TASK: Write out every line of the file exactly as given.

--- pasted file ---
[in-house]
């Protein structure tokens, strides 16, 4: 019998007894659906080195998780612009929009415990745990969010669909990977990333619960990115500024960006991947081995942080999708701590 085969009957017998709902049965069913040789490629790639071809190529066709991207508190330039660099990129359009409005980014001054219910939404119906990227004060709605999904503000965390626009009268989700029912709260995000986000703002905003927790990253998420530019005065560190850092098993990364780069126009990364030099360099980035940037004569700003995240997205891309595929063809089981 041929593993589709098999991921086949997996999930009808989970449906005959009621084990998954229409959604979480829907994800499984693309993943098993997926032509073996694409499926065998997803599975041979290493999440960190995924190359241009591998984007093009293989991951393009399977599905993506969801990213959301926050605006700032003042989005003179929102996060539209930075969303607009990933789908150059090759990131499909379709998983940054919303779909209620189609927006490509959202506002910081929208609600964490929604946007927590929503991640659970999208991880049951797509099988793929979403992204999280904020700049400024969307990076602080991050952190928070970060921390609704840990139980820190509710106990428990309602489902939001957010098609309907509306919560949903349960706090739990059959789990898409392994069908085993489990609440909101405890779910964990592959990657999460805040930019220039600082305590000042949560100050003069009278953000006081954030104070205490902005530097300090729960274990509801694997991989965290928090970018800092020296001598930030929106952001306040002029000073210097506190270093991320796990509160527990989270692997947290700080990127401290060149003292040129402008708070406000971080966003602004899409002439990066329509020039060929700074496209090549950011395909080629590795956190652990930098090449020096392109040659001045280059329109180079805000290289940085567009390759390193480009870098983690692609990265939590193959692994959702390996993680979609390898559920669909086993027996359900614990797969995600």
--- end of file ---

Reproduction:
[in-house]
């Protein structure tokens, strides 16, 4: 019998007894659906080195998780612009929009415990745990969010669909990977990333619960990115500024960006991947081995942080999708701590 085969009957017998709902049965069913040789490629790639071809190529066709991207508190330039660099990129359009409005980014001054219910939404119906990227004060709605999904503000965390626009009268989700029912709260995000986000703002905003927790990253998420530019005065560190850092098993990364780069126009990364030099360099980035940037004569700003995240997205891309595929063809089981 041929593993589709098999991921086949997996999930009808989970449906005959009621084990998954229409959604979480829907994800499984693309993943098993997926032509073996694409499926065998997803599975041979290493999440960190995924190359241009591998984007093009293989991951393009399977599905993506969801990213959301926050605006700032003042989005003179929102996060539209930075969303607009990933789908150059090759990131499909379709998983940054919303779909209620189609927006490509959202506002910081929208609600964490929604946007927590929503991640659970999208991880049951797509099988793929979403992204999280904020700049400024969307990076602080991050952190928070970060921390609704840990139980820190509710106990428990309602489902939001957010098609309907509306919560949903349960706090739990059959789990898409392994069908085993489990609440909101405890779910964990592959990657999460805040930019220039600082305590000042949560100050003069009278953000006081954030104070205490902005530097300090729960274990509801694997991989965290928090970018800092020296001598930030929106952001306040002029000073210097506190270093991320796990509160527990989270692997947290700080990127401290060149003292040129402008708070406000971080966003602004899409002439990066329509020039060929700074496209090549950011395909080629590795956190652990930098090449020096392109040659001045280059329109180079805000290289940085567009390759390193480009870098983690692609990265939590193959692994959702390996993680979609390898559920669909086993027996359900614990797969995600």